Amazon announces Kindle Matchbook, upgrades Kindle Paperwhite

Kindle Paperwhite reading achievements

Check out our review of the upgraded Kindle Paperwhite eReader.

Announced on Amazon yesterday, the online retailer is launching a new program that allows customers to purchase the Kindle version of a book for an inexpensive price assuming the customer has purchased a physical copy of the book first. Called Kindle Matchbook, the digital Kindle versions of purchased books could be completely free or priced between $0.99 to $2.99. Somewhat similar to the movie industry’s attempt to package a digital copy of a film with a Blu-ray purchase, this is an interesting marketing tactic that allows book consumers to transition to a Kindle and replace their book collection with digital copies for a lower price.

When Kindle Matchbook launches during October 2013, the program will include over 10,000 titles with more to come in the future. Authors include within the starting batch of titles include Ray Bradbury, Michael Crichton, Neil Gaiman, Jo Nesbo, Blake Crouch, James Rollins, Jodi Picoult, Marcus Sakey, Wally Lamb, Neal Stephenson, and J.A. Jance.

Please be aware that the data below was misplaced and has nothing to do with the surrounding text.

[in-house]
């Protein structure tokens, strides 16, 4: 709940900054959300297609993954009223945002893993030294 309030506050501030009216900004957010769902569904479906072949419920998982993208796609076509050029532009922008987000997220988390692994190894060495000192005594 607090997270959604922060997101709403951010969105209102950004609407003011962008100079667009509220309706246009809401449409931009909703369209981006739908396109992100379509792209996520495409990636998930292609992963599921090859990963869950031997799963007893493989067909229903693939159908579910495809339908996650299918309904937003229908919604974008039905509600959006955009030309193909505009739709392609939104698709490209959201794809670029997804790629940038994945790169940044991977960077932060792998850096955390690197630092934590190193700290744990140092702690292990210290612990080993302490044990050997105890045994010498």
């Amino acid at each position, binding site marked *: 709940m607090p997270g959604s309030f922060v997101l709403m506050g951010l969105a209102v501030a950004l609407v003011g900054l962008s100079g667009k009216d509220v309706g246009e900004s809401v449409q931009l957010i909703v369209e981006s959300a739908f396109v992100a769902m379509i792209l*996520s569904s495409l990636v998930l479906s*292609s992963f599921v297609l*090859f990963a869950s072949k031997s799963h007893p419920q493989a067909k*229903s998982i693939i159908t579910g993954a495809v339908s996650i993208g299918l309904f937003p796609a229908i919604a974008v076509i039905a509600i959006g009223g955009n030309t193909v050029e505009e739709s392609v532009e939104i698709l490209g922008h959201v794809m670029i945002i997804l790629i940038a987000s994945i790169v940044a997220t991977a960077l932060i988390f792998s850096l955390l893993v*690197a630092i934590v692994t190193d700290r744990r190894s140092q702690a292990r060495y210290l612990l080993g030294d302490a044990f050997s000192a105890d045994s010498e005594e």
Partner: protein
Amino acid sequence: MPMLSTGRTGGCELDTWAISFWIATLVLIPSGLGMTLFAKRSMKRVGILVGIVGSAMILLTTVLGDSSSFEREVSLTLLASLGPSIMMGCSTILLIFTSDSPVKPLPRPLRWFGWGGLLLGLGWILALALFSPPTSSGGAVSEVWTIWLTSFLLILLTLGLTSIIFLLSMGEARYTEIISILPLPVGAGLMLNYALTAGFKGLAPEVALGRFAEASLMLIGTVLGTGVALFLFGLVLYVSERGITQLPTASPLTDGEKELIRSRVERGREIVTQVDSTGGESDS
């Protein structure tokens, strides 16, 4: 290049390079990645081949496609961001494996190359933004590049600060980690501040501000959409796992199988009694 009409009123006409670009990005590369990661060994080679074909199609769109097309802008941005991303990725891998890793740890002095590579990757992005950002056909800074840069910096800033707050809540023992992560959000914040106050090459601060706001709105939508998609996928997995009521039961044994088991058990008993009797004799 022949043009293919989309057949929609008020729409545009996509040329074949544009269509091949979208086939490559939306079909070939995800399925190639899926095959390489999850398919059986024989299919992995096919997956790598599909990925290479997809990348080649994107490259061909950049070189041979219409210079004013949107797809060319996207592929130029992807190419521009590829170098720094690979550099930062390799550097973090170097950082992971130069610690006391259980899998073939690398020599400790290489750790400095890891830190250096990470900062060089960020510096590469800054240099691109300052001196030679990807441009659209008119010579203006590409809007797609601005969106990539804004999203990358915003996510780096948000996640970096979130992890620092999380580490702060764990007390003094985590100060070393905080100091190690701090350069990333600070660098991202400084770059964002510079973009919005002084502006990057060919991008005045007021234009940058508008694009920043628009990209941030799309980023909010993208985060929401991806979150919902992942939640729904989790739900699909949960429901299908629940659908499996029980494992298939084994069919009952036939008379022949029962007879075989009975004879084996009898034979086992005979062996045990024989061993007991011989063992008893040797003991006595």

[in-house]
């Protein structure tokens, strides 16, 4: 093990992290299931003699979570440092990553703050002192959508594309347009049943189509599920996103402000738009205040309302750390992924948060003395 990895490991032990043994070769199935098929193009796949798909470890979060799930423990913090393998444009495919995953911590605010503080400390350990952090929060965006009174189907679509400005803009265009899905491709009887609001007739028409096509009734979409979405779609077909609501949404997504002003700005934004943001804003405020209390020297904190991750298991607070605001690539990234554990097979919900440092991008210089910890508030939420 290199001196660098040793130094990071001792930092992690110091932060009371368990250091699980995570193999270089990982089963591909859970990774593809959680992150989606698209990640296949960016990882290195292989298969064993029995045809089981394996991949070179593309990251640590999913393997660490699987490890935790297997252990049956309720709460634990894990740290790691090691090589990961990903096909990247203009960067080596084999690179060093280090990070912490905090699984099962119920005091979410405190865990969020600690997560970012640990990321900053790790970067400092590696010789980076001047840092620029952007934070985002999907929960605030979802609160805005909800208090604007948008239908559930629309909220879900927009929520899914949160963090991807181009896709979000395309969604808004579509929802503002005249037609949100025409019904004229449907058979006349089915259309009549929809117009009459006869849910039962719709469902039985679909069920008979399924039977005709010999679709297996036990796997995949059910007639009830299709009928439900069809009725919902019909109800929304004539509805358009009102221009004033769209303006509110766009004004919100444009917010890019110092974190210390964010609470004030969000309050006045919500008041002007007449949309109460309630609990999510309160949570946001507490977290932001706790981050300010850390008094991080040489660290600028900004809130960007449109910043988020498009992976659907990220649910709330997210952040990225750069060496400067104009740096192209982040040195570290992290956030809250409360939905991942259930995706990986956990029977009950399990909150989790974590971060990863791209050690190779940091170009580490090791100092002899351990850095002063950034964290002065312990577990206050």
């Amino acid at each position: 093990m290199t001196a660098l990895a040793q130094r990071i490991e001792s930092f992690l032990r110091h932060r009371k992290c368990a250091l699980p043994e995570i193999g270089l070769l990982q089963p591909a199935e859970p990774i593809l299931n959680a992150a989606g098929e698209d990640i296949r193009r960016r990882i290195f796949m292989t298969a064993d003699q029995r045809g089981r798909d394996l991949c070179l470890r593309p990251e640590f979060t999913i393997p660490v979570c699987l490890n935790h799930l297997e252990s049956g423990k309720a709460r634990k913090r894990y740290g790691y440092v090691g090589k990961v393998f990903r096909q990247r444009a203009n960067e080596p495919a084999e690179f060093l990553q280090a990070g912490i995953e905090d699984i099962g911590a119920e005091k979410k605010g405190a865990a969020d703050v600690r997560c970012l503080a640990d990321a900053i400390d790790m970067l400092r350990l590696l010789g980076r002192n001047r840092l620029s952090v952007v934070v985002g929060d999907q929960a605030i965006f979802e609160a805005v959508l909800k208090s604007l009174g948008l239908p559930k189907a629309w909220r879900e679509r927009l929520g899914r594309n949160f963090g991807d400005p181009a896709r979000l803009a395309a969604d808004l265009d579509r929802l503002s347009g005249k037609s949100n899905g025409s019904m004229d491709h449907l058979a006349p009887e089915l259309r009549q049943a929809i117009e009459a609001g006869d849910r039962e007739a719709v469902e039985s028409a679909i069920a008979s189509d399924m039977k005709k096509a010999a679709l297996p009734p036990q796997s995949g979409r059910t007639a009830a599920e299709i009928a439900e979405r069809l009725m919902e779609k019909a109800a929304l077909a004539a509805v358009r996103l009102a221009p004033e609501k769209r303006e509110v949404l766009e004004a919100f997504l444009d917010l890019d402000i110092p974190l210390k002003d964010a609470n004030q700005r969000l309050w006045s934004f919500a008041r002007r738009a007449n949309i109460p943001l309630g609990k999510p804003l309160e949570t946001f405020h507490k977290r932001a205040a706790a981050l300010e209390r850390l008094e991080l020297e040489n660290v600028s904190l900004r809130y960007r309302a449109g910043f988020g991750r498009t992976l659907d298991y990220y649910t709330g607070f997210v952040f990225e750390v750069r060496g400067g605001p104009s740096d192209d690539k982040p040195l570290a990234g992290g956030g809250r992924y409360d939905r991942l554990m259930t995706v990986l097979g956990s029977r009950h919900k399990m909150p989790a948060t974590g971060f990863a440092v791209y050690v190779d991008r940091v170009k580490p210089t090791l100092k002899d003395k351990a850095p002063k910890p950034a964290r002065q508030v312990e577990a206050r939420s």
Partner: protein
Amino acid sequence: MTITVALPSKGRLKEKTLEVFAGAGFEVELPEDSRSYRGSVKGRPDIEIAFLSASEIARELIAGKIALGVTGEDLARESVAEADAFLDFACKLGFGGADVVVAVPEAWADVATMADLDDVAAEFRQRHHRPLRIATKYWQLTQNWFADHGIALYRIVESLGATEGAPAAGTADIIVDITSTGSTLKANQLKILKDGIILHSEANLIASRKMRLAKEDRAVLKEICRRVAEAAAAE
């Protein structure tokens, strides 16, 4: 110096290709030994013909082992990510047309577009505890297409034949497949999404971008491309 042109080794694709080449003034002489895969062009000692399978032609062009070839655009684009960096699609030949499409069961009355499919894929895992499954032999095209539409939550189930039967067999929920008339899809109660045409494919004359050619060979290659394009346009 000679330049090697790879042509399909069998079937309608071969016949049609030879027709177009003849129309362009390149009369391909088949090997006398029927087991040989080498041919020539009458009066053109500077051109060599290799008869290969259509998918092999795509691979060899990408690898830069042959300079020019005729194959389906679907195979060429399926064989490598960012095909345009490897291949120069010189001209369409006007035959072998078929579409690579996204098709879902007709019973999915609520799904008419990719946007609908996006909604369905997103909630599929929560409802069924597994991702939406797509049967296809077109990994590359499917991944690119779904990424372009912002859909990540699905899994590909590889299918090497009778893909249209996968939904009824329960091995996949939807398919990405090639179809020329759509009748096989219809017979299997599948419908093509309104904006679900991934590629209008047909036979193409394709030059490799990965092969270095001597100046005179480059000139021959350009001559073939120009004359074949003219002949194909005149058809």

Kindle Matchbook

Any physical book that’s already been purchased by a Amazon customer in the past 18 years will be offered for download at the discounted price assuming the book is included in the opening batch of titles. As an example, Amazon VP of Kindle Content Russ Grandinetti said “If you logged onto your CompuServe account during the Clinton administration and bought a book like Men Are from Mars, Women Are from Venus from Amazon, Kindle MatchBook now makes it possible for that purchase—18 years later—to be added to your Kindle library at a very low cost.”

However, only new books that were purchased from Amazon will qualify for the program. New books purchased through a third party vendor or used books purchased through Amazon resellers will not qualify for Kindle Matchbook.